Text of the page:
Tesla steers growth in eco-cars

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Tesla steers growth in eco-cars


Tesla’s entry into Korea is expected to be a catalyst for the slow-growing local eco-friendly car market.

The leading American electric car manufacturer announced on Friday that it had registered to establish Tesla Korea Limited. It will likely start selling the Model S that can travel for 375 kilometers (233 miles) on a one-hour charge, which beats the average travel distance of 145 kilometers offered by other automakers. Tesla has plans to roll out the lower-priced Model 3 in March next year.

However, there are a number of roadblocks that Tesla will have to overcome before it captures a share of the Korean market.

The California-based company has a different approach to sales. Most automakers generally sell cars through dealers, but Tesla sells its vehicles through its own outlets. Since the Korean government only allows local car brands such as Hyundai Motor and Kia Motors to use such direct sales methods, it is questionable how the American company will resolve the issue. Mercedes-Benz Korea for instance has official dealers including Hansung Motor and KCC Auto.

Another concern is the vehicle’s charging system. Electric vehicles in Korea can be charged on three different systems known as Combo, CHAdeMO and the three-phase alternating current.

However, Tesla only uses its in-house-built super-charging system that isn’t compatible with others, meaning that they have to make additional investments in developing the necessary infrastructures.

Despite such concerns, Tesla is expected to impact the slow-growing Korean environmentally-friendly auto market, with its industry-leading tech levels and popularity. The Tesla Model S that is currently sold for about $60,000 in the United States was the best-selling luxury EV in many nations, including its homeland, Canada and Norway. Tesla, which sells in 20 nations, is expected to sell more than 50,000 EVs globally this year.

“The Korean eco-car market hasn’t grown up as expected since there were things that have not been resolved, including expanding necessary infrastructure like charging stations,” said Kim Pil-soo, president of the Korean Electric Vehicle Leaders’ Association (KEVA). “But companies like Tesla are coming into the local market because it has huge potential to grow in the future.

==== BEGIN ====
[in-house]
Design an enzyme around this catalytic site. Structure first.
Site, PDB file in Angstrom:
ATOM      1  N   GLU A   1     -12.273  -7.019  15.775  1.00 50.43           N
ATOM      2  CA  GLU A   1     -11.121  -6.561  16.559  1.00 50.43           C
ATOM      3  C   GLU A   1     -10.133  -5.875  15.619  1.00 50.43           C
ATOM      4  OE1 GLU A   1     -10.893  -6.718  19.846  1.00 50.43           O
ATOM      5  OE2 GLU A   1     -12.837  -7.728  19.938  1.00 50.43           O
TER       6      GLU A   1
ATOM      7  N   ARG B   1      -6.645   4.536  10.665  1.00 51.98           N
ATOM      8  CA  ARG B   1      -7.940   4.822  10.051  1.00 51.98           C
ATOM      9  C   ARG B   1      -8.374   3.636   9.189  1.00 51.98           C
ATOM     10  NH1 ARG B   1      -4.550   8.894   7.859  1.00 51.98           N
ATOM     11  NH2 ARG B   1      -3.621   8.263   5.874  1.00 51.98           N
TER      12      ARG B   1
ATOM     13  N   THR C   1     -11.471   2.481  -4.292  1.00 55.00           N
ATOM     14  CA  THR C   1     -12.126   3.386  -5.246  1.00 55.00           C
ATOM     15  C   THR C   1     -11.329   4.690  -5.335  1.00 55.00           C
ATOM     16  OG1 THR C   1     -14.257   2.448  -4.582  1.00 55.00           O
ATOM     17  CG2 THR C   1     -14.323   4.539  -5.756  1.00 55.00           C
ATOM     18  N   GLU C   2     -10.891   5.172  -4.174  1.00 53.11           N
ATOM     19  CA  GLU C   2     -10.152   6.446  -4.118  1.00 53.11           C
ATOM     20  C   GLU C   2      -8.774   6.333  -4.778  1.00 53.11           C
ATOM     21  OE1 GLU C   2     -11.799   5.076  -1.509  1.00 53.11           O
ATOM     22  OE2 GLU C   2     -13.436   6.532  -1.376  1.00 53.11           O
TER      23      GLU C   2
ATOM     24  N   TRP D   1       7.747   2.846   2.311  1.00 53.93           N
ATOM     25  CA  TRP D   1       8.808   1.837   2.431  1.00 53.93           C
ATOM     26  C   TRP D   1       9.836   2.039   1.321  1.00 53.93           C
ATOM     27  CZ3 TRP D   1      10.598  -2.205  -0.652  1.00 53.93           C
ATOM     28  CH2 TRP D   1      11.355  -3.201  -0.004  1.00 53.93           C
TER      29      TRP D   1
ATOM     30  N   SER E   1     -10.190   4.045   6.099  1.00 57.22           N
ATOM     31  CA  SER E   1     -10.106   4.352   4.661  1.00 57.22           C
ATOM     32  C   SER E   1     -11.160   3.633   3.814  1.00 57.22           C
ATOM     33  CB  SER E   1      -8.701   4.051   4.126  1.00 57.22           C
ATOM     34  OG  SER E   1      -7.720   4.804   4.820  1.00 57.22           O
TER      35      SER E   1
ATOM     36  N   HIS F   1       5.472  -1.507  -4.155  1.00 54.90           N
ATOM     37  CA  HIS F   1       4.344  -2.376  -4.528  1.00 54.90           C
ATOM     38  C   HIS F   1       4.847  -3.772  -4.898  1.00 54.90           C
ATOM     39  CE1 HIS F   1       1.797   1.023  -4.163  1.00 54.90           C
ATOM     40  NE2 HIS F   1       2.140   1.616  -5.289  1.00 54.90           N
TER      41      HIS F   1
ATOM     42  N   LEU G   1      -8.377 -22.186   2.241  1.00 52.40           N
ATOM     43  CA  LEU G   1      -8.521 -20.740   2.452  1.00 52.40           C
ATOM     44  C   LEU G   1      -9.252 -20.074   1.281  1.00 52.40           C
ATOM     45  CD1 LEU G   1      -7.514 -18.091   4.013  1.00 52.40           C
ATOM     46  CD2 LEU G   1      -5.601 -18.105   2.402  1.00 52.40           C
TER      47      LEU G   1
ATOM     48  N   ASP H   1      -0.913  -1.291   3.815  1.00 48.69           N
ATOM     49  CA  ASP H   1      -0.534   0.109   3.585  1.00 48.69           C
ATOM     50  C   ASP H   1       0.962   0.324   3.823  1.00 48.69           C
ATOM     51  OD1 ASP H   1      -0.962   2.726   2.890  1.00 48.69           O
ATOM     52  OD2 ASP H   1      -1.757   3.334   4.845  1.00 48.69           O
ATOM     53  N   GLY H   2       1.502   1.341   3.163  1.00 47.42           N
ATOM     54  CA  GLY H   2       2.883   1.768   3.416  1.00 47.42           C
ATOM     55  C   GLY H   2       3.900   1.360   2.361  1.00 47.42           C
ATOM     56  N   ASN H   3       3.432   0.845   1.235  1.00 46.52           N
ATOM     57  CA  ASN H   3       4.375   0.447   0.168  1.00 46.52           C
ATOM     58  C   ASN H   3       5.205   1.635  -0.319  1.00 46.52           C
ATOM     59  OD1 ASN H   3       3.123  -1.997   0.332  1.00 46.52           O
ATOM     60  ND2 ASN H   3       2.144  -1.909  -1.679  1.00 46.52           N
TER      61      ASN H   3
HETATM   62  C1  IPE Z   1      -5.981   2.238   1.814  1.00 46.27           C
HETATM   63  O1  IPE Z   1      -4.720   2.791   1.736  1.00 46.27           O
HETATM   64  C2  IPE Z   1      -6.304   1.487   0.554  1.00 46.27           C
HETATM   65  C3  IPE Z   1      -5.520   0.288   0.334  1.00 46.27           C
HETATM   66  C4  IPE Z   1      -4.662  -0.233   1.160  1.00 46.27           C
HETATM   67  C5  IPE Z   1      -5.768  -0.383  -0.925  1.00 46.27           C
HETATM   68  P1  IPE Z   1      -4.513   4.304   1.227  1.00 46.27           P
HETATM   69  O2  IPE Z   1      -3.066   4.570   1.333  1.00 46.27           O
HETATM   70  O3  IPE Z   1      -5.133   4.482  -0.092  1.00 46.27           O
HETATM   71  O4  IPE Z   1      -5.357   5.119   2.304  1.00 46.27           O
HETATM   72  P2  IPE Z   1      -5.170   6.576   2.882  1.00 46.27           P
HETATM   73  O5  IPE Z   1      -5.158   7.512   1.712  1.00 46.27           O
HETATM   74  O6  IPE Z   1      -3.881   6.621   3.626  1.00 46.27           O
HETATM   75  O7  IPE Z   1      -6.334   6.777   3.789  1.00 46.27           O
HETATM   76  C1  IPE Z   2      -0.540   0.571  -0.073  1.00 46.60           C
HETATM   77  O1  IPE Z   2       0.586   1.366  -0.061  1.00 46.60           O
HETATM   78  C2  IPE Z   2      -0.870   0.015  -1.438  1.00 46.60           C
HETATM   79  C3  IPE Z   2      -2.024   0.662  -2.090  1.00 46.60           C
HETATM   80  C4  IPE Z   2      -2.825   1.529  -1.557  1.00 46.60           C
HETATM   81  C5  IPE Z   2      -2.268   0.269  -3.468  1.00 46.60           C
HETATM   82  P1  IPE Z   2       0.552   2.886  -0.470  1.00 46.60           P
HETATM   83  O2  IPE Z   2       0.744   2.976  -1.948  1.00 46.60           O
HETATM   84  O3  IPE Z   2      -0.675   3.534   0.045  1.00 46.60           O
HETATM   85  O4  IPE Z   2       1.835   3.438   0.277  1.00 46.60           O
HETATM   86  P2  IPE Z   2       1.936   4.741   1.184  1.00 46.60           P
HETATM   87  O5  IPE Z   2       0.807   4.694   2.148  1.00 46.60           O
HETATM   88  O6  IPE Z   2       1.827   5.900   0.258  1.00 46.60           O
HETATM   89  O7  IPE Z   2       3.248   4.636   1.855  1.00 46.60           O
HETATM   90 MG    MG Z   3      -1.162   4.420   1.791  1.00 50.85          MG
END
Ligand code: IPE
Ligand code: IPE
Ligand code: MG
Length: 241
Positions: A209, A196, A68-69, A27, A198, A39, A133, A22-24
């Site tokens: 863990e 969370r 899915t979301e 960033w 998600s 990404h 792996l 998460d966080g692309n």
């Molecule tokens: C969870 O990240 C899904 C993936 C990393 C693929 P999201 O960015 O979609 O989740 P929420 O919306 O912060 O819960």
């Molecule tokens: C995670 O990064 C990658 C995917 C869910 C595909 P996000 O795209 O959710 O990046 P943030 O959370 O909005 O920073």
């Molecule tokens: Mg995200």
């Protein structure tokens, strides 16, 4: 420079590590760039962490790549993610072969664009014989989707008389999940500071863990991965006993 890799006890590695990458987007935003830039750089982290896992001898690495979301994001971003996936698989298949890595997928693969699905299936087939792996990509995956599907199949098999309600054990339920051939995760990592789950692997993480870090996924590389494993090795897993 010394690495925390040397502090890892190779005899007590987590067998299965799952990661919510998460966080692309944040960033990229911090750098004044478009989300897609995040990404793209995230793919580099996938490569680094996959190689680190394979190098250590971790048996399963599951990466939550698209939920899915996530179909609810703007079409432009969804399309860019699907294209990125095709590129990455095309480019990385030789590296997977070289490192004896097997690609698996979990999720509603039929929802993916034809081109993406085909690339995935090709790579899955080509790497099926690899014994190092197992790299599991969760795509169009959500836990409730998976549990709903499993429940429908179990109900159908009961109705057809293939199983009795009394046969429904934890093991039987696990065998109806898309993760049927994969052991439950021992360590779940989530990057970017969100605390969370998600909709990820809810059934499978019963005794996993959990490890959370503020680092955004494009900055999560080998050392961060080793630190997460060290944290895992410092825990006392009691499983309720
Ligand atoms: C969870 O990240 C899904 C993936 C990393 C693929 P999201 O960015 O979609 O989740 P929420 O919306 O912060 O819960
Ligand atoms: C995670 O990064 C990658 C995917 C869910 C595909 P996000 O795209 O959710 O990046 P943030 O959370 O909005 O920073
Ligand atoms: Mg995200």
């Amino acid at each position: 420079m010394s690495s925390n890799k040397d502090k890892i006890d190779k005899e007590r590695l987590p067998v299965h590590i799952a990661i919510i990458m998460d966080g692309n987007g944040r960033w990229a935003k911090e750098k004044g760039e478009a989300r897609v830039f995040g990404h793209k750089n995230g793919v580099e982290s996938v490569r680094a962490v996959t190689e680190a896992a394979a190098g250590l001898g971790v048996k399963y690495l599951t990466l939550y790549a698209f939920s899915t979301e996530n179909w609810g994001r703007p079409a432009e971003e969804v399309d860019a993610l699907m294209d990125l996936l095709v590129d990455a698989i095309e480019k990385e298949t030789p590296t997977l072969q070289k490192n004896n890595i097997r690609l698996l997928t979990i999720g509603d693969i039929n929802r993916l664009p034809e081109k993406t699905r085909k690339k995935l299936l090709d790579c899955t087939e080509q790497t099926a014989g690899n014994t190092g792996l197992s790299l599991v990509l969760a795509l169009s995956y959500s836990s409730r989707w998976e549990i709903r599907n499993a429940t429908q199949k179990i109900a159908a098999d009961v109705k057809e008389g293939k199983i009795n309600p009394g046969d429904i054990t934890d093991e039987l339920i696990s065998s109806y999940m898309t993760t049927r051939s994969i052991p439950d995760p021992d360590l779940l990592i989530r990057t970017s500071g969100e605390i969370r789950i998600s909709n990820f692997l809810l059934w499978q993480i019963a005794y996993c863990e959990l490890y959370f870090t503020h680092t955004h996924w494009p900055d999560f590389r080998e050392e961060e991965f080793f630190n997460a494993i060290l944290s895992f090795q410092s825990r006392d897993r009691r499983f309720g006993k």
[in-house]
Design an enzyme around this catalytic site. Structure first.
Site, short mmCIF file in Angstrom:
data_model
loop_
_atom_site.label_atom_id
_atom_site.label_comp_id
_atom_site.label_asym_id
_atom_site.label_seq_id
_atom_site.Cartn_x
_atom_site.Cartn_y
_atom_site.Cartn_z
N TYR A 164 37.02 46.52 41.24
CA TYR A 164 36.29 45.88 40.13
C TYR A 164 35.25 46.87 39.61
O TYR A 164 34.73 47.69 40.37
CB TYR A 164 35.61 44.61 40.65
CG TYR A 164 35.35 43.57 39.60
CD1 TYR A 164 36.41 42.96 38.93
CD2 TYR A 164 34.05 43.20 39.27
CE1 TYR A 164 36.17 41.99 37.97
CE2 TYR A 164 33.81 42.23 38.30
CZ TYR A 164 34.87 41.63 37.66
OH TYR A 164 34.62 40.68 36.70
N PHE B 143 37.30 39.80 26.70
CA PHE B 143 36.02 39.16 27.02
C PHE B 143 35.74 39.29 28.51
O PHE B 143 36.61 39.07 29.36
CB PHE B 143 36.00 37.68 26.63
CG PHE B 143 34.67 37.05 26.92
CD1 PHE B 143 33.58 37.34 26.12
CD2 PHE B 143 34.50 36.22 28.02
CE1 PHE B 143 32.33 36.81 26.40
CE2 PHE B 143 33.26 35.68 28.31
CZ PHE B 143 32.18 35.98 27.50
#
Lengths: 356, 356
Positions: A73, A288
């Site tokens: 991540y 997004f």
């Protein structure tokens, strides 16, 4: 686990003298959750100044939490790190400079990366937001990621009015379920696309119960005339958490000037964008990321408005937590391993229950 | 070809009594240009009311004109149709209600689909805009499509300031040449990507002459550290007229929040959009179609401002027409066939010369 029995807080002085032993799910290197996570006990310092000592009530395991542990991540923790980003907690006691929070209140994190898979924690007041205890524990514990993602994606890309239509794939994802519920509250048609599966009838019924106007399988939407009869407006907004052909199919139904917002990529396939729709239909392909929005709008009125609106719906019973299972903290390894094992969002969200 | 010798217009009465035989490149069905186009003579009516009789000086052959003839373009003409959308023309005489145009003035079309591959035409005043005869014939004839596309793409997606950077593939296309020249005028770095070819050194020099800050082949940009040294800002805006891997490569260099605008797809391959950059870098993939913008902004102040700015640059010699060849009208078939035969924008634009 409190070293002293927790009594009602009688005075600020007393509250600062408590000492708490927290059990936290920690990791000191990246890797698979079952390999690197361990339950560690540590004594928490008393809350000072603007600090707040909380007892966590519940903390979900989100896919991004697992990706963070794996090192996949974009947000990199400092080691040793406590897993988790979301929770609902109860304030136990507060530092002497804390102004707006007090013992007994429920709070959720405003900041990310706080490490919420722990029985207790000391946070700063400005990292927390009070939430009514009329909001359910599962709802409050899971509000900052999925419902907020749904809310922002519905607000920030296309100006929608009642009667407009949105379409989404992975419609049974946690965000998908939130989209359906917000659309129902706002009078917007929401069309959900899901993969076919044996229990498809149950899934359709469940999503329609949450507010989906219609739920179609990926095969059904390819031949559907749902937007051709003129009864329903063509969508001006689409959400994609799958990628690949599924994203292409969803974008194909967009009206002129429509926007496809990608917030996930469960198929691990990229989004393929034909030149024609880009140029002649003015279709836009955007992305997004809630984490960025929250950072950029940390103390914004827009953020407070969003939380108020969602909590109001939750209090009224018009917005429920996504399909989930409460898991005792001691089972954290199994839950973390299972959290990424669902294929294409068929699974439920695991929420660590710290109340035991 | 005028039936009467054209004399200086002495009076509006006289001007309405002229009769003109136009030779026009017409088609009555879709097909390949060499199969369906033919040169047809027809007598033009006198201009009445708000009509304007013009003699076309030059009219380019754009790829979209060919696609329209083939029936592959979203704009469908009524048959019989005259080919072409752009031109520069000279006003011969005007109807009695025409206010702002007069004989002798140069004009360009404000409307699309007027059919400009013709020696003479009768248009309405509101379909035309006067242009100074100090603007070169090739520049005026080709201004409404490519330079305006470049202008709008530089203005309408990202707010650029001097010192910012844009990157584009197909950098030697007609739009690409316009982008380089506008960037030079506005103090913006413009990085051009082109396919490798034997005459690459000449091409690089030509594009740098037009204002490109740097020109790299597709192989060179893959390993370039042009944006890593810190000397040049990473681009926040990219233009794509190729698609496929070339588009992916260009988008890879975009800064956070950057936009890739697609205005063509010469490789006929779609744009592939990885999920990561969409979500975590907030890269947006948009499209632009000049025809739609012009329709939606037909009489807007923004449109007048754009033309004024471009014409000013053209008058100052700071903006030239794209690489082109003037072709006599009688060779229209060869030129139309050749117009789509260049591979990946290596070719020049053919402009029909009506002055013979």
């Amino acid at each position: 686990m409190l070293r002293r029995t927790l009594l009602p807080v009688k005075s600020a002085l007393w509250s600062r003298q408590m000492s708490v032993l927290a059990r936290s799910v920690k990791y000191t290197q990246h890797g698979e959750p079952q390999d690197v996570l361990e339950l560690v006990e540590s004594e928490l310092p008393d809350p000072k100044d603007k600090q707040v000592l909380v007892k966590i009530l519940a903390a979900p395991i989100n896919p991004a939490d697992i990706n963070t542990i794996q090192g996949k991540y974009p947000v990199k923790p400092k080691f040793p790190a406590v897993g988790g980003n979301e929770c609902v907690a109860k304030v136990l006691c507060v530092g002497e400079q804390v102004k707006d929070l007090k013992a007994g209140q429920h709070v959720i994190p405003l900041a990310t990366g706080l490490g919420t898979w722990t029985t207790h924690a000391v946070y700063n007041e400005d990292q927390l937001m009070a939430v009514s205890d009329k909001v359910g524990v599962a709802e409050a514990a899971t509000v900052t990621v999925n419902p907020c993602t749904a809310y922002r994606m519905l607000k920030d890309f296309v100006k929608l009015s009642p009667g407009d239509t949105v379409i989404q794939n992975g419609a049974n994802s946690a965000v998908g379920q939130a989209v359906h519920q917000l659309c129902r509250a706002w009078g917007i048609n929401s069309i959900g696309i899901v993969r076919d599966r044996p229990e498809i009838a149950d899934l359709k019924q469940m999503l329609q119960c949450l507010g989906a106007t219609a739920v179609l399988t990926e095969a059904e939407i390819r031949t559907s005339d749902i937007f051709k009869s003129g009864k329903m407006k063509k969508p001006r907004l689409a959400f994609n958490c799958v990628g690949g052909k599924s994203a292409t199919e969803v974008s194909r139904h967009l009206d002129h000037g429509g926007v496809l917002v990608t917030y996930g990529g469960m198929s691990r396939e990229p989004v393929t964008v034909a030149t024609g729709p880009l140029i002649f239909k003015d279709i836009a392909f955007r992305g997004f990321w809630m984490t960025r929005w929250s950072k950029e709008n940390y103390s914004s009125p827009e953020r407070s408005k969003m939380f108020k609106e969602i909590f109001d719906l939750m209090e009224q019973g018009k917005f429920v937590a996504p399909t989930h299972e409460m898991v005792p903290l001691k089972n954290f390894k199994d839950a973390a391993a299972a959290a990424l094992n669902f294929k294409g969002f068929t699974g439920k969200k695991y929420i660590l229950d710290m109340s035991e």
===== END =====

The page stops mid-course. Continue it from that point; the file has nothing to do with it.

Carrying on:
Korea is the world’s fifth-largest nation in car production, meaning it already has a system to launch a new business more quickly than others. Since Tesla is a leader in the industry, it will have some impact.”

Given the market potential, Tesla isn’t the only foreign automaker knocking on Korea’s door. China’s leading EV maker, BYD Auto, has plans to launch its Korean office next year to sell electric taxis with its key model, the E6. In cooperation with Korean bearing manufacturer Suncore, the Chinese company hopes to sell 1,000 K9 electric buses in the next two years, which are expected to operate in the Seoul and Gyeonggi regions.

BYD is one of the largest EV manufacturers in the world. It recently supplied 35 electric buses to Los Angeles, 20 electric taxis to London and 34 electric taxis to Belgium.

“We expect the overall size of the market will bulk up if Tesla comes in since it is also related with other businesses like part makers, and the infrastructure will also be improved,” said a spokesman of BMW Korea, which was the first foreign brand to introduce an EV last year.

In response, Korea’s leading carmaker, Hyundai Motor, will roll out the Ioniq in the first half of next year.

The company said it will be offered in three power trains; the hybrid (HEV), plug-in hybrid (PHEV) and electric (EV), starting with the HEV in January.

“Consumers will get a vehicle that offers industry-leading fuel efficiency. The Ioniq is our very first piece in accomplishing our project of improving Hyundai cars’ overall fuel efficiency by 25 percent in next five years,” a Hyundai spokesman said.

In a meeting with reporters earlier the month, Kwak Jin, executive vice president of the domestic sales division for Hyundai, said Ioniq’s fuel efficiency will surpass the current industry-leading Prius made by Toyota.

Along with Hyundai, GM Korea will also join the battle with Chevrolet’s new extended-range electric vehicle (EREV), the Volt, which can run up to 80 kilometers with an electric motor only, or up to 676 kilometers using both fuel and the electric motor.

“Since many automakers will launch new vehicles and businesses in the first half, the local green car market is expected to significantly expand in the second half, when sales activities get more vitalized with diverse marketing programs,” said Kim from the KEVA.

According to data by the Ministry of Trade, Industry and Energy, the Korean environmentally-friendly car market will grow from this year’s 80,000 to 1.5 million units in 2025 in terms of production.

The ministry said earlier this year that it will build 1,400 additional charging stations in the next five years and will offer 1 million won of subsidies for each HEV, 5 million won for PHEV and 12 million won for EV buyers next year, respectively.

Lee Hang-ku, a researcher at the Korea Institute for Industrial Economics & Trade, said, “No matter how much international oil prices fall, the green car market will consistently grow since most of the nations in the world are aggressively trying to reduce emissions.

Korea shouldn’t lose its chance to develop competitiveness in the industry since it looks like the business will boom starting next year.”

BY KWON SANG-SOO [kwon.sangsoo@joongang.co.kr]

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